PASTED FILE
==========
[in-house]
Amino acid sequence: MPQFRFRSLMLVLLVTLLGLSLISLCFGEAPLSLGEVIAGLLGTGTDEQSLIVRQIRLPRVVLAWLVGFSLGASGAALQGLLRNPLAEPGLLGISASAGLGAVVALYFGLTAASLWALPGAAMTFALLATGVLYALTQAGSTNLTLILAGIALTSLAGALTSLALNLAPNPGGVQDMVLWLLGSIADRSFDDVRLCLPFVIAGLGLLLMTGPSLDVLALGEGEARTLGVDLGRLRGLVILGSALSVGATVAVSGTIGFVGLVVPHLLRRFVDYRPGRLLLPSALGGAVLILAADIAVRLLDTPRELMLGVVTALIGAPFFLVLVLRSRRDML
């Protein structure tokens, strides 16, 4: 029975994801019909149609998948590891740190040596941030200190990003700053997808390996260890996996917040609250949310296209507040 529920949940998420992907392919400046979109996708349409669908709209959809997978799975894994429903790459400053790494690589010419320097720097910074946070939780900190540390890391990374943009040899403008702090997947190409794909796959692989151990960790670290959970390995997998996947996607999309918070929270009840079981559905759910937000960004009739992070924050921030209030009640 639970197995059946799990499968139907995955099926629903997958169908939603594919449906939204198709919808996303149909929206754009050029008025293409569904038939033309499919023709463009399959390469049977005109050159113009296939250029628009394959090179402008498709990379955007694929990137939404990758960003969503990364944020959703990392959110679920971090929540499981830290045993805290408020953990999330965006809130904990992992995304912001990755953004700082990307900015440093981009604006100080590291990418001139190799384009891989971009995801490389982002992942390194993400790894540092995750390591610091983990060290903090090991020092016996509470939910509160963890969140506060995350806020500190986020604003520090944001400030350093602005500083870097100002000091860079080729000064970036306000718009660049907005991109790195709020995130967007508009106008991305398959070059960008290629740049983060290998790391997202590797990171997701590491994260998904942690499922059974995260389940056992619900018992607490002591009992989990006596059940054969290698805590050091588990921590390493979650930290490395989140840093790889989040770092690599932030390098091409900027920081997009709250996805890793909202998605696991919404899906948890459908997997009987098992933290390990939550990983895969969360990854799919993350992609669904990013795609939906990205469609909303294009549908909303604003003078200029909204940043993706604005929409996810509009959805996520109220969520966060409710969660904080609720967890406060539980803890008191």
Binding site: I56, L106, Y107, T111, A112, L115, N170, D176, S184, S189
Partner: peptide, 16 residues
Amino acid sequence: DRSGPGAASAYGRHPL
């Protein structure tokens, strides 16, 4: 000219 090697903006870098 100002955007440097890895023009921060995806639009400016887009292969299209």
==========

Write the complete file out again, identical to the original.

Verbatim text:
[in-house]
Amino acid sequence: MPQFRFRSLMLVLLVTLLGLSLISLCFGEAPLSLGEVIAGLLGTGTDEQSLIVRQIRLPRVVLAWLVGFSLGASGAALQGLLRNPLAEPGLLGISASAGLGAVVALYFGLTAASLWALPGAAMTFALLATGVLYALTQAGSTNLTLILAGIALTSLAGALTSLALNLAPNPGGVQDMVLWLLGSIADRSFDDVRLCLPFVIAGLGLLLMTGPSLDVLALGEGEARTLGVDLGRLRGLVILGSALSVGATVAVSGTIGFVGLVVPHLLRRFVDYRPGRLLLPSALGGAVLILAADIAVRLLDTPRELMLGVVTALIGAPFFLVLVLRSRRDML
């Protein structure tokens, strides 16, 4: 029975994801019909149609998948590891740190040596941030200190990003700053997808390996260890996996917040609250949310296209507040 529920949940998420992907392919400046979109996708349409669908709209959809997978799975894994429903790459400053790494690589010419320097720097910074946070939780900190540390890391990374943009040899403008702090997947190409794909796959692989151990960790670290959970390995997998996947996607999309918070929270009840079981559905759910937000960004009739992070924050921030209030009640 639970197995059946799990499968139907995955099926629903997958169908939603594919449906939204198709919808996303149909929206754009050029008025293409569904038939033309499919023709463009399959390469049977005109050159113009296939250029628009394959090179402008498709990379955007694929990137939404990758960003969503990364944020959703990392959110679920971090929540499981830290045993805290408020953990999330965006809130904990992992995304912001990755953004700082990307900015440093981009604006100080590291990418001139190799384009891989971009995801490389982002992942390194993400790894540092995750390591610091983990060290903090090991020092016996509470939910509160963890969140506060995350806020500190986020604003520090944001400030350093602005500083870097100002000091860079080729000064970036306000718009660049907005991109790195709020995130967007508009106008991305398959070059960008290629740049983060290998790391997202590797990171997701590491994260998904942690499922059974995260389940056992619900018992607490002591009992989990006596059940054969290698805590050091588990921590390493979650930290490395989140840093790889989040770092690599932030390098091409900027920081997009709250996805890793909202998605696991919404899906948890459908997997009987098992933290390990939550990983895969969360990854799919993350992609669904990013795609939906990205469609909303294009549908909303604003003078200029909204940043993706604005929409996810509009959805996520109220969520966060409710969660904080609720967890406060539980803890008191």
Binding site: I56, L106, Y107, T111, A112, L115, N170, D176, S184, S189
Partner: peptide, 16 residues
Amino acid sequence: DRSGPGAASAYGRHPL
């Protein structure tokens, strides 16, 4: 000219 090697903006870098 100002955007440097890895023009921060995806639009400016887009292969299209």